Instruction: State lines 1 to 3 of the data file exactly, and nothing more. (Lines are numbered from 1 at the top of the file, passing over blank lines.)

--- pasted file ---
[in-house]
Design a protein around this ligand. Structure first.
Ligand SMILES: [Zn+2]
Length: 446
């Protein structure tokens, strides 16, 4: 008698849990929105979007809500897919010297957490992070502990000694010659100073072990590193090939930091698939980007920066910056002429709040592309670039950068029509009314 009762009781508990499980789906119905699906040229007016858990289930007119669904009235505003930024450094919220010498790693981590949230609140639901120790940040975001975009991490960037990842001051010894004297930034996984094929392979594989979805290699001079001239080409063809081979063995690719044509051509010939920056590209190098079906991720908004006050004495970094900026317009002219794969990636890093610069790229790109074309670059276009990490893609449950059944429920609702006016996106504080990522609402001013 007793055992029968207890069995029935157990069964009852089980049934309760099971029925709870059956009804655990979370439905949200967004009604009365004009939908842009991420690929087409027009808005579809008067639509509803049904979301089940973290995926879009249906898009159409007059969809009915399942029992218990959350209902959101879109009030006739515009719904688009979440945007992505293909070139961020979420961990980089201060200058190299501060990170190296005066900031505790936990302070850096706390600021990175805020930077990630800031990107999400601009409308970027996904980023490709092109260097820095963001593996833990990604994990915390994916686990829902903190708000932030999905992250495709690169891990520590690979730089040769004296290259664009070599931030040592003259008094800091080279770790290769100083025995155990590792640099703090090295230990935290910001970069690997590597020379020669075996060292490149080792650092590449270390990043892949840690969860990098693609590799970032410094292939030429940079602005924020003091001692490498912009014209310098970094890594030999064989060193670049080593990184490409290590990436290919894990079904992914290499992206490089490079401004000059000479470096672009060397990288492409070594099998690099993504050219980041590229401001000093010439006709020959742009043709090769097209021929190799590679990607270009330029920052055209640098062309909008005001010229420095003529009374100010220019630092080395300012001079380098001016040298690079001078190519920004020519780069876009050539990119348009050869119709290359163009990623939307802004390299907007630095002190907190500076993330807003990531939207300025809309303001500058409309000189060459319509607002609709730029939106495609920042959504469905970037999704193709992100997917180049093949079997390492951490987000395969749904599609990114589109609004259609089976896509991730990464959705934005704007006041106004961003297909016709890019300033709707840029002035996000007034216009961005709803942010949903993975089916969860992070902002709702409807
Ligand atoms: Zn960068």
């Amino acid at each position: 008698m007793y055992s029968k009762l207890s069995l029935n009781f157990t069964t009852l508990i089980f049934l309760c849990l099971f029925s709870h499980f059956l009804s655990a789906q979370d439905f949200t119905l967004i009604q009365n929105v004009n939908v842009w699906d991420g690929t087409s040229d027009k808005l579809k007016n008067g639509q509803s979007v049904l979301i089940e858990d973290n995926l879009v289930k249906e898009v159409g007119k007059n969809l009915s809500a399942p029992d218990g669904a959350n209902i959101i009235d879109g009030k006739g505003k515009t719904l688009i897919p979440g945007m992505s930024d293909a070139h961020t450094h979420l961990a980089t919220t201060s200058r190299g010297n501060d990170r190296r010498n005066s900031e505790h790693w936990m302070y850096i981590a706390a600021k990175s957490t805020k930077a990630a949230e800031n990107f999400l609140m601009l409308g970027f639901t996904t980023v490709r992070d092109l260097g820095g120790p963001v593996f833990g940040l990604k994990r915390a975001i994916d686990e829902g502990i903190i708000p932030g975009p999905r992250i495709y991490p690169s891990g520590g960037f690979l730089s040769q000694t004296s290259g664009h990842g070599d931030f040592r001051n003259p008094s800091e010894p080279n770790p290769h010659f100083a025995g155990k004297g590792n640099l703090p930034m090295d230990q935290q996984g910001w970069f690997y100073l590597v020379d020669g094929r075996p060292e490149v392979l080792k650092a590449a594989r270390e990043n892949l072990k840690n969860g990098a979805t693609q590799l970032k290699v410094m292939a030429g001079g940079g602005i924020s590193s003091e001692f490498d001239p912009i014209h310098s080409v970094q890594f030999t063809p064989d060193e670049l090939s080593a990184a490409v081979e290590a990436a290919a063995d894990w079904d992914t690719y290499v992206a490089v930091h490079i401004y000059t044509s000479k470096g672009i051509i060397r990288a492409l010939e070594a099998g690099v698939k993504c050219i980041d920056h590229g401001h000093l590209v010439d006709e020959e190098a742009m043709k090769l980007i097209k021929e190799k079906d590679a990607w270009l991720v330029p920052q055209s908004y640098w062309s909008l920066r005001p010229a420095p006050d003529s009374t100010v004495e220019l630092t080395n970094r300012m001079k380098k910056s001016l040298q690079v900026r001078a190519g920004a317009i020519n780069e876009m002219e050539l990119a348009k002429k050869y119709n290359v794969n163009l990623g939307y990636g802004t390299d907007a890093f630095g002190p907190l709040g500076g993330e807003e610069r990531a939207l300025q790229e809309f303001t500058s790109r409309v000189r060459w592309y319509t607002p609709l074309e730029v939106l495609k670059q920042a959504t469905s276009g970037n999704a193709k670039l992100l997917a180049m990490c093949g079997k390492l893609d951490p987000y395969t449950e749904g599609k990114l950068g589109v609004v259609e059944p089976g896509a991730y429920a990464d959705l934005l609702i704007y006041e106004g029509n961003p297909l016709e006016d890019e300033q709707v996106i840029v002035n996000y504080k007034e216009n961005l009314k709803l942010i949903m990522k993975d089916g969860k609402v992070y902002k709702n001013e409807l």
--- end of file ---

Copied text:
[in-house]
Design a protein around this ligand. Structure first.
Ligand SMILES: [Zn+2]